New Developments Regarding Do Not Resuscitate Orders in Manitoba

(12 February 1998) — "Do Not Resuscitate Orders" raise many concerns for persons with disabilities in medical settings. When a "Do Not Resuscitate Order" (DNR) is placed on a person's medical chart, it means that medical personnel will not intervene in times of medical crisis to save the person's life. As with many other issues, the key factor here is who decides when a DNR order is appropriate. If the individual, or their designate, has made this choice, then a DNR is appropriate. If the individual, or their designate, has not been involved in the decision making process with regard to the application of a DNR, then the principle of self-determination has been violated.

The Manitoba Court of Appeal recently made a ruling in the case of Child and Family Services of Central Manitoba v. Raymond Lavallee and Susan Lorraine Hay, which affects self-determination when it comes to DNR orders. In this decision, the Court holds that it is for the doctor to determine whether or not heroic measures are to be used to maintain the life of a patient in an irreversible condition.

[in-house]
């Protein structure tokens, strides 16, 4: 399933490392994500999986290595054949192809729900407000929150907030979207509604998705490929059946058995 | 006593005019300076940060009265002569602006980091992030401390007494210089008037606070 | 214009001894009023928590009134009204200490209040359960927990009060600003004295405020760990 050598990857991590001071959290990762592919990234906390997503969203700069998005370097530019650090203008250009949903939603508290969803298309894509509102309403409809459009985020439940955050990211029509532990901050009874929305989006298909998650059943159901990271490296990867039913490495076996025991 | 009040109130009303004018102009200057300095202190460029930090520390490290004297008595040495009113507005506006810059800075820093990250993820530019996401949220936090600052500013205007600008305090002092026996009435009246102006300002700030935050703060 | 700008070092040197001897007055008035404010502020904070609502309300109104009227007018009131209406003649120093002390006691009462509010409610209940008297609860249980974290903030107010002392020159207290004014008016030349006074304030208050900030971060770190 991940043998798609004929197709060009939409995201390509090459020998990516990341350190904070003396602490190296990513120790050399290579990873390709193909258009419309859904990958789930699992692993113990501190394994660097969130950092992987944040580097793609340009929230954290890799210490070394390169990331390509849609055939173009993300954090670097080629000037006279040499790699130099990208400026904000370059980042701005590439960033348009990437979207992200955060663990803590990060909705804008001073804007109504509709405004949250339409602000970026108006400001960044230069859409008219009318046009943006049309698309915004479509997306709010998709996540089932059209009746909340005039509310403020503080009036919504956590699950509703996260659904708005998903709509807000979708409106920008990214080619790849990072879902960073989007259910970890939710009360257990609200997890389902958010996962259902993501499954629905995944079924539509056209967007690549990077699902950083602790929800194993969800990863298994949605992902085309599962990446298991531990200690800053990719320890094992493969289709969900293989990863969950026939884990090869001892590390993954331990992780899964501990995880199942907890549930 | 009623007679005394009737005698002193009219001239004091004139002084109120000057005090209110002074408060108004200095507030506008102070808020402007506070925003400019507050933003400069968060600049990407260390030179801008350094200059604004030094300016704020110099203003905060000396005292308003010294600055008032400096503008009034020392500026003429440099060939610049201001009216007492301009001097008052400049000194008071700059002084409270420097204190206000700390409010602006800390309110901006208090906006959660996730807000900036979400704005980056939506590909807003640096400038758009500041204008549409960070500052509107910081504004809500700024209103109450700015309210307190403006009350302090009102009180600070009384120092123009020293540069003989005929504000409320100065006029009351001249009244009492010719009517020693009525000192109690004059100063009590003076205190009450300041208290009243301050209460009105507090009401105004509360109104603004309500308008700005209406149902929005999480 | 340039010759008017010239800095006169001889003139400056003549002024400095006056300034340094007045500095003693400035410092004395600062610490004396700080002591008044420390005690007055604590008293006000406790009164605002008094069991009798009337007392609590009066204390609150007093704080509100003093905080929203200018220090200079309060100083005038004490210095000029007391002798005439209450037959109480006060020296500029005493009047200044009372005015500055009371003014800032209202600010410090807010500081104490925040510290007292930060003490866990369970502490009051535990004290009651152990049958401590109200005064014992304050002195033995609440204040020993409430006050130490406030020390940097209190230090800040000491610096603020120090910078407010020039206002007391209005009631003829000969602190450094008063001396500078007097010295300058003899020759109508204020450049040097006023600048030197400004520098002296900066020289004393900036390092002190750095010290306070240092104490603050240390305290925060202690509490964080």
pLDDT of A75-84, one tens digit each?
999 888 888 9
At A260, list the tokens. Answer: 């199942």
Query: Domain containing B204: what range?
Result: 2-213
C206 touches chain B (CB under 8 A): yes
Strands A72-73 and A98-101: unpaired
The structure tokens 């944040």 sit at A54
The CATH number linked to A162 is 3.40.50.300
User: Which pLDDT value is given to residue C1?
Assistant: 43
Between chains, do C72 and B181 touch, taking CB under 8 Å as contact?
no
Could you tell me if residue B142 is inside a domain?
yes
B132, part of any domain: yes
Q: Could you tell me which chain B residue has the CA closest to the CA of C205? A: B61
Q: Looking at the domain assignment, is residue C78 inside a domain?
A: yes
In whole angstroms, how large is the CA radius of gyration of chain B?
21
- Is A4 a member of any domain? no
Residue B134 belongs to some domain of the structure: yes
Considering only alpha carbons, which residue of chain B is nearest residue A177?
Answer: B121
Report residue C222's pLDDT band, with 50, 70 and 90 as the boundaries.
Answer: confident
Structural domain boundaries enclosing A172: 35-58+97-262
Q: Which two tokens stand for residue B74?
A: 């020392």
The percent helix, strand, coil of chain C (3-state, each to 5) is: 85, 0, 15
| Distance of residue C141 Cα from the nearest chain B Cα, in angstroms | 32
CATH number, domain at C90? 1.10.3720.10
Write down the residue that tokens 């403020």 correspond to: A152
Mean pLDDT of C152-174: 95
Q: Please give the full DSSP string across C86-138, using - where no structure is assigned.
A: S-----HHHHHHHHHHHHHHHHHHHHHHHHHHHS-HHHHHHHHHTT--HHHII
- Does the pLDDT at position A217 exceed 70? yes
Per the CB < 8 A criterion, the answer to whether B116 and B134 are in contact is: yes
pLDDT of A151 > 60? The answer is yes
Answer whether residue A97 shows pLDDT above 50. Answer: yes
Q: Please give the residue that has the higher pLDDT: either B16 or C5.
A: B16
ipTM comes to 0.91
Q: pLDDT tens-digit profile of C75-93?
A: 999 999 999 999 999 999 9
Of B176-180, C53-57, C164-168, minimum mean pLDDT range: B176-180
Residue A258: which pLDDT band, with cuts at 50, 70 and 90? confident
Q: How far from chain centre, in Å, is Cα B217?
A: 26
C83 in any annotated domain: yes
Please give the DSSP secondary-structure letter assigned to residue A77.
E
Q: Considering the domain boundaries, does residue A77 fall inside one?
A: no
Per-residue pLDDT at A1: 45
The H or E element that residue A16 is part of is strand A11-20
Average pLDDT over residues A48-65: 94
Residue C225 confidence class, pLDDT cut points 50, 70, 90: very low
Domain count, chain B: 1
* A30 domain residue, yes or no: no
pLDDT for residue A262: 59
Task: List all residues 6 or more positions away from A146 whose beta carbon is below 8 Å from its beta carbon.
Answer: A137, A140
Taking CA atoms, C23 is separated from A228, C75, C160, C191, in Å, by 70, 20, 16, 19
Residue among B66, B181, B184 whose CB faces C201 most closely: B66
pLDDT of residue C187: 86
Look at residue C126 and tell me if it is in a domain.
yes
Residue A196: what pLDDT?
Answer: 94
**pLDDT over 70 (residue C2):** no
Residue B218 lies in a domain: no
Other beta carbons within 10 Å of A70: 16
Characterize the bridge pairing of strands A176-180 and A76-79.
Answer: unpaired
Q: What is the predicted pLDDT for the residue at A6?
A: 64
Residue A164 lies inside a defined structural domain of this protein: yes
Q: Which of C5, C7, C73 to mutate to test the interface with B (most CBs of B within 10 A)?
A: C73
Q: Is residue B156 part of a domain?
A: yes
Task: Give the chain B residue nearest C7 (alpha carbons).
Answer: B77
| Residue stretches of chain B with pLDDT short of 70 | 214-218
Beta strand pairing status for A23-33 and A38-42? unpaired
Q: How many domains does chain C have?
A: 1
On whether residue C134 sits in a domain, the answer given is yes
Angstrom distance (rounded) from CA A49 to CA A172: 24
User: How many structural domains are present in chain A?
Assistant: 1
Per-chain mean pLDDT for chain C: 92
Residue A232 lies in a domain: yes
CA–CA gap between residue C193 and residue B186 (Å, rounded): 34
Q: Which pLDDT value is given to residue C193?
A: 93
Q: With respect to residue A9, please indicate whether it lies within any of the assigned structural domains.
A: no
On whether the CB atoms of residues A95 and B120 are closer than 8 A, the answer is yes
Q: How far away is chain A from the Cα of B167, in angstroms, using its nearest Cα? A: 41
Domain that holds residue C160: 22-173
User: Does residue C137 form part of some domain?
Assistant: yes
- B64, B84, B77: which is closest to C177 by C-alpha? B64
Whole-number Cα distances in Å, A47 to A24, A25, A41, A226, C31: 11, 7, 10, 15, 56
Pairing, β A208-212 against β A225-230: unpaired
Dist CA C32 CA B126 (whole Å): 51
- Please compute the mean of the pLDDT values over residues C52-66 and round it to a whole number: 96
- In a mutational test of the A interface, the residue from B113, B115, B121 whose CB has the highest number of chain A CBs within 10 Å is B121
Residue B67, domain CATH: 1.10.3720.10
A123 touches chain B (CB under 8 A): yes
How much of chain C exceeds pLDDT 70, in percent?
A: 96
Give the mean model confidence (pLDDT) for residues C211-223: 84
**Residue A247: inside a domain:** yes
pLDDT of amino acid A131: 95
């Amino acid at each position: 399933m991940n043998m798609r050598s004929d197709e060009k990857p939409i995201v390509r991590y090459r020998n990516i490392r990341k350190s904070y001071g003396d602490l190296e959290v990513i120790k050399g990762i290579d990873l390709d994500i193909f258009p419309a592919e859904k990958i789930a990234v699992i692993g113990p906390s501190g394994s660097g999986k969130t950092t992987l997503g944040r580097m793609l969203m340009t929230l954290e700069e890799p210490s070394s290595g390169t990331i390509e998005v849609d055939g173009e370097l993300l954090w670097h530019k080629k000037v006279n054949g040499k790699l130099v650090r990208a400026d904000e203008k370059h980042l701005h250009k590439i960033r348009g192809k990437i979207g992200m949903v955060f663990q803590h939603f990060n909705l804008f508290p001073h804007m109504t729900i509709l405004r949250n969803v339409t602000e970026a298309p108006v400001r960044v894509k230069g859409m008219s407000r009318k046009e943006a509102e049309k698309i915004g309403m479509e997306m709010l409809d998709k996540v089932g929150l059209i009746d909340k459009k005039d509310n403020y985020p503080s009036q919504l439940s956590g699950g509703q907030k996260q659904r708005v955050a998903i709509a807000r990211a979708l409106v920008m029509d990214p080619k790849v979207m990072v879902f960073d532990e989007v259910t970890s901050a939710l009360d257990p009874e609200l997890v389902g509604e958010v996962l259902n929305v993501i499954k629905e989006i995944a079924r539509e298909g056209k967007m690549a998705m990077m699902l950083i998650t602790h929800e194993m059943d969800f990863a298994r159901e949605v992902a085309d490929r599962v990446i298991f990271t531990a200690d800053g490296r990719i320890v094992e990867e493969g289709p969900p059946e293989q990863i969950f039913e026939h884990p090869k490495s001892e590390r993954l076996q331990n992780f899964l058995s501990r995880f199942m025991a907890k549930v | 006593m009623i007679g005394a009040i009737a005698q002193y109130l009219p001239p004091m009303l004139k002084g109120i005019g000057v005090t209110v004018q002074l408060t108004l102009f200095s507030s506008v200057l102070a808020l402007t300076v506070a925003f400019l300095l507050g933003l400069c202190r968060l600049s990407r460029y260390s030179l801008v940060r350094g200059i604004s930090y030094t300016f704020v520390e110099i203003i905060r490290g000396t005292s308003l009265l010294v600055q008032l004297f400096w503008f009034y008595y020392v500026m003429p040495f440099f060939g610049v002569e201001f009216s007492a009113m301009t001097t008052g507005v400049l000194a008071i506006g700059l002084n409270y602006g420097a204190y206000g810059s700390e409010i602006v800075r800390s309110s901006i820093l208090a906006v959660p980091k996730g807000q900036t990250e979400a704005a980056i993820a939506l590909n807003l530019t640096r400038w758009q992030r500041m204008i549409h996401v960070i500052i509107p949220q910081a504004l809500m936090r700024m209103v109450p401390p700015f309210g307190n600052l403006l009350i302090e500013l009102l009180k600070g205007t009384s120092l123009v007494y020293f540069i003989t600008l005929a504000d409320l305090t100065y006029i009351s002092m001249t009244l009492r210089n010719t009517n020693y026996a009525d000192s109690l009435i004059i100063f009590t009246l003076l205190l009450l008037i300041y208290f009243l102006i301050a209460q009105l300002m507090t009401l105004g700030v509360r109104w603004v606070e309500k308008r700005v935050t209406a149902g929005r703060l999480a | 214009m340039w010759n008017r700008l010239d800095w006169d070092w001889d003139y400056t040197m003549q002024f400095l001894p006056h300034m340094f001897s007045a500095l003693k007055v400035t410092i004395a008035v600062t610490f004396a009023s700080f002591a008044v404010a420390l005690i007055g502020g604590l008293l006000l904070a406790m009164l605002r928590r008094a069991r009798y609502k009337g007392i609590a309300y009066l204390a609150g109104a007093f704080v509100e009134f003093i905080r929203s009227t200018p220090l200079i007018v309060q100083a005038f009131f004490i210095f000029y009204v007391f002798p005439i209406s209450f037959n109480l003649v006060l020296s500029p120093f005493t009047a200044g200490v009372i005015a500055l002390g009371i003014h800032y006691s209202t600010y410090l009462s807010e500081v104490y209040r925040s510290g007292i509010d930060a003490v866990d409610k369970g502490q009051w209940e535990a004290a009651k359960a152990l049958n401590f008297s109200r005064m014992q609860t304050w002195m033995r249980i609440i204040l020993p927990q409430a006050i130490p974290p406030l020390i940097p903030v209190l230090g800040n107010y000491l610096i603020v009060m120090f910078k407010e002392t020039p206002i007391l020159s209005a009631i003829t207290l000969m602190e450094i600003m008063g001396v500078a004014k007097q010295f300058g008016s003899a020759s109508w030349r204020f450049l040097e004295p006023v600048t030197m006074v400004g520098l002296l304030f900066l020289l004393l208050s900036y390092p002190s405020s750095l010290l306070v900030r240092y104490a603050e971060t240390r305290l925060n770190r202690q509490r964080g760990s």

In the decision, the Judge stated, "...neither consent nor a court order in lieu is required for a medical doctor to issue a non-resuscitation direction where, in his or her judgment, the patient is in an irreversible vegetative state. Whether or not such a direction should be issued is a judgment call for the doctor to make having regard to the patient's history and condition and the doctor's evaluation of the hopelessness of the case. The wishes of the patient's family or guardians should be taken into account, but neither their consent nor the approval of a court is required."